Molecular Immunovirology

Hepatitis C virus (HCV) infection affects 3% of the population worldwide and is a serious cause of liver disease with infected individuals at risk of developing significant morbidity and mortality. HCV has been remarkably adept at escaping the human immune system leading to a persistent infection in the majority of acute cases. Chronic infection is typical, and the disease course although unpredictable can lead to liver failure, portal hypertension and hepatocellular carcinoma. The incidence of severe liver diseases, the fourth leading killer of Canadians by disease, kept increasing mainly due to chronic infection. The study of HCV biology and the characterization of viral proteins essential for replication have led to the introduction of novel class of HCV specific inhibitors. The identification of the NS3/4A protease inhibitor BILN 2061 (Lamarre et al., Nature 2003) has highlighted new therapeutic perspectives by validating the target in vivo and lead to the approval of first-in-class small-molecules in 2011 for the treatment of hepatitis C in combination with interferon and ribavirin. The novel therapy represents a paradigm shift in HCV therapy by offering improved viral cure rates and shorter treatment duration to many patient populations.

Our group focuses on identifying novel HCV-host protein interactions using large scale proteomics approaches for HCV proteins and recruitment of cellular machineries during host infection in order to accomplish critical viral processes. We recently have identified many cellular host factors including Y-Box-Binding Protein-1 as an interacting partner of HCV NS3/4A protein and genomic RNA that plays a crucial role in viral life cycle assembly.

Although HCV infection is one of the most widespread chronic infectious diseases, its natural pathogenesis and the mechanisms pertaining to viral persistence are rather still poorly understood. We recently reported a subversion of the hepatocyte-intrinsic innate immunity and impairment in the expression of early antiviral genes in tissues of patients with chronic hepatitis C end-stage liver disease. We demonstrated that the ectopic expression of the HCV NS3/4A protease is able to abrogate the antiviral effector responses in human primary hepatocytes by cleaving the adaptor CARDIF, a key component of the host antiviral signal propagation. We also reported the first study of an HCV RNA genome-dependent loss-of-function in the pathogen danger sensing pathway of blood myeloid dendritic cells, restorable with protease inhibitor BILN 2061, which translated into a decreased polyfunctional capacities of HCV-specific T cells in infected patients.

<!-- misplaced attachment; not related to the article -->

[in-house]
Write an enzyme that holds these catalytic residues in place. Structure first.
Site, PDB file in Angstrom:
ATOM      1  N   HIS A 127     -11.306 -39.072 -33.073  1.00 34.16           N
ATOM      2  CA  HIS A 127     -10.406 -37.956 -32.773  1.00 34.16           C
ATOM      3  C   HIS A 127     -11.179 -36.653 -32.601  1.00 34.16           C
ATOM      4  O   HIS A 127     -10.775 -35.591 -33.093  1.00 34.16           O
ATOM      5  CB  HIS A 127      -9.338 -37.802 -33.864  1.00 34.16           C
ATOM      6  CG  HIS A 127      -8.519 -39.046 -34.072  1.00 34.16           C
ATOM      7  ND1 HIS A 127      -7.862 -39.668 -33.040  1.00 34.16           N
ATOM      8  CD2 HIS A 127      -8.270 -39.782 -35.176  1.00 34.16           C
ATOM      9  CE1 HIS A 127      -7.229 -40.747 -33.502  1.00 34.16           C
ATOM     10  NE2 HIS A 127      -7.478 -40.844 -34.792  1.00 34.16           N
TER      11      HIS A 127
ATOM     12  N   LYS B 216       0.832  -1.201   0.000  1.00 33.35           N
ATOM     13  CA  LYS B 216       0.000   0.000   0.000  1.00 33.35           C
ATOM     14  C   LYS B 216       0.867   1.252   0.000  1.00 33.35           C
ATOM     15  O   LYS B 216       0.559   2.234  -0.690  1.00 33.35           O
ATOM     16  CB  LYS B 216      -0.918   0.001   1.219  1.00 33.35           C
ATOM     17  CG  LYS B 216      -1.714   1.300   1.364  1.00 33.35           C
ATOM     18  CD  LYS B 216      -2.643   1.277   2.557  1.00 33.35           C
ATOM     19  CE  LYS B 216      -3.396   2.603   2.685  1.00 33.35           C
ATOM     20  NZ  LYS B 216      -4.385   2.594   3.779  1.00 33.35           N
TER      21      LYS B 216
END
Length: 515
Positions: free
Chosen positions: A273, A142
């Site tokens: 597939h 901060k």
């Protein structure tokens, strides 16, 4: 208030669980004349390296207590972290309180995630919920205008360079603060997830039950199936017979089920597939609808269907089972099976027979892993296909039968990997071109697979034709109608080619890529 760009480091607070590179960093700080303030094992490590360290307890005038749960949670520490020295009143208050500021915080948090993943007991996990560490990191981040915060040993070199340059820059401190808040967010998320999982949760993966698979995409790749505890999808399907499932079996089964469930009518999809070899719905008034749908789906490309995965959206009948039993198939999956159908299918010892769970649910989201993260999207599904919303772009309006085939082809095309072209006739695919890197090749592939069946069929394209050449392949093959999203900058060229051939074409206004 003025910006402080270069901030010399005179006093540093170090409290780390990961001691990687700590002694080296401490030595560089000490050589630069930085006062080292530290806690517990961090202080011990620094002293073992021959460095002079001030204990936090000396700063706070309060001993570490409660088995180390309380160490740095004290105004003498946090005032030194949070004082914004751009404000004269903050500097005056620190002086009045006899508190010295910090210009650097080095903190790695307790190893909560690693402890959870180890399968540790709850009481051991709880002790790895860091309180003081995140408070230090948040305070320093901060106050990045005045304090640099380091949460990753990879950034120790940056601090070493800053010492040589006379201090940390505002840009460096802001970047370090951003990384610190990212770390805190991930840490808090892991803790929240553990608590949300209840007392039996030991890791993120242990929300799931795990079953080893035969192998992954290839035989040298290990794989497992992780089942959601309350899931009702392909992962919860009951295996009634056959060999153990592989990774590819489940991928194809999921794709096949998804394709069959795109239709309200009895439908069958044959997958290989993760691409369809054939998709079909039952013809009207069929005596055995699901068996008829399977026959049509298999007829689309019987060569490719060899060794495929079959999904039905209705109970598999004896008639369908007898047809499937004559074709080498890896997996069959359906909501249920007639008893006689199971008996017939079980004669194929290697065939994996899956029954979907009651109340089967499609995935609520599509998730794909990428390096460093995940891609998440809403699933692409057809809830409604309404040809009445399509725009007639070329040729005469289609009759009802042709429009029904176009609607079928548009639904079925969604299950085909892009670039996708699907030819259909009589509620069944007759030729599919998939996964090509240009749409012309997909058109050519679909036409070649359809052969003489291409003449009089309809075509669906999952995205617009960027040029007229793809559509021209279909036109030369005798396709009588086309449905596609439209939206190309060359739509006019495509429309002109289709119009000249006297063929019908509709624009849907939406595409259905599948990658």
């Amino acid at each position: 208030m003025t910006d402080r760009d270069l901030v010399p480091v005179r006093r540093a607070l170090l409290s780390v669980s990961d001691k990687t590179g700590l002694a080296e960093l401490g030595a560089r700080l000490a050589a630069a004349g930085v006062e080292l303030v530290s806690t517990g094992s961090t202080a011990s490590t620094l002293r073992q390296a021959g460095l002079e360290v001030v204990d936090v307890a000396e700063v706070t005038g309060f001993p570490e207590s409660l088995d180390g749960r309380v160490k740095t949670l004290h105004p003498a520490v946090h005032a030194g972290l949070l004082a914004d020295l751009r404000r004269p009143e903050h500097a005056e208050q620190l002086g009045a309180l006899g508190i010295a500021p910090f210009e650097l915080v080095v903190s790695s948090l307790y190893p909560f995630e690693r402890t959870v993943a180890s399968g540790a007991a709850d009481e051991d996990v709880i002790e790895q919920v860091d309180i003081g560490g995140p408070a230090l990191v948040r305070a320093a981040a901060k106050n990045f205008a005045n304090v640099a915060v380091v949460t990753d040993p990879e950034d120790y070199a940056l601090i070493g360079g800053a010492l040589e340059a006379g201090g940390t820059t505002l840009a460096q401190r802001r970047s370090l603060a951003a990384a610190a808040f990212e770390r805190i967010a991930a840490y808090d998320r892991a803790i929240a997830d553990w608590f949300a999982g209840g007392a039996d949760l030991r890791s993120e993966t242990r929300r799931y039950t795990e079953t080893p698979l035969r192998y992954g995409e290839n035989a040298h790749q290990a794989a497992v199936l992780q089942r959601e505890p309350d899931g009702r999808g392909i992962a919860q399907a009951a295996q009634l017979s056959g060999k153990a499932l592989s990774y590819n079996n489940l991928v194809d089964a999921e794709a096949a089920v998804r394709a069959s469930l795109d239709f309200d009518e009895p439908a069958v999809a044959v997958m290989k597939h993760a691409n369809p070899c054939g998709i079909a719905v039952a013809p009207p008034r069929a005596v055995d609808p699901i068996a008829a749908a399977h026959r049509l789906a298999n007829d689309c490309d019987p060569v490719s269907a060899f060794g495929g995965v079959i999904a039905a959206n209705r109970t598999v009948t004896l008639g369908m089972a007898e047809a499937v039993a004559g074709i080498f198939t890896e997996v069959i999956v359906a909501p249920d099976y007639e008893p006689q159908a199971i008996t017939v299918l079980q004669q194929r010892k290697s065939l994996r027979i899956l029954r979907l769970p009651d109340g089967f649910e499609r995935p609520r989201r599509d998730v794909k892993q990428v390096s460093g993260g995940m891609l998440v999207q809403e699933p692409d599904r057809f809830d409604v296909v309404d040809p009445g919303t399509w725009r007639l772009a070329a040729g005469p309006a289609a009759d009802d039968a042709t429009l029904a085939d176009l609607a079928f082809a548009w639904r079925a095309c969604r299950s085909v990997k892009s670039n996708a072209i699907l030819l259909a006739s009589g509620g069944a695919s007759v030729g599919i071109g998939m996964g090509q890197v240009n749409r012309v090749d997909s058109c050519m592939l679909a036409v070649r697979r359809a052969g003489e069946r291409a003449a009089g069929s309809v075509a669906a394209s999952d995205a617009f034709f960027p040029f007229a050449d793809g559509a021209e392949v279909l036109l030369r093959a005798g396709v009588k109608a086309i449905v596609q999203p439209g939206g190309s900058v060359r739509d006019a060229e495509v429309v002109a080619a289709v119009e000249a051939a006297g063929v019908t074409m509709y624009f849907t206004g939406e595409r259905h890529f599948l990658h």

Our team exploits the power of RNAi technology at the genome scale to better understand antiviral host defenses and to decipher virus-interfering mechanisms. We have conducted a lentivirus-based loss-of-function screen to identify regulators of the innate immune responses to virus infection. Many positive and negative potential regulators are under evaluation for which gene silencing significantly modulated virus-induced IFN- expression and for which secondary screens yielded epistatic insight into their mode of action. This research will lead to a better understanding of the host antiviral responses and interfering mechanisms employed by viruses to suppress host signaling propagation mediated by pattern recognition receptors. It should also lead to the development of therapeutic interventions aimed at modulating viral pathogenesis and at developing immunomodulatory pan-therapies for a broad spectrum of virus infections and of immune-mediated or auto-immune diseases.

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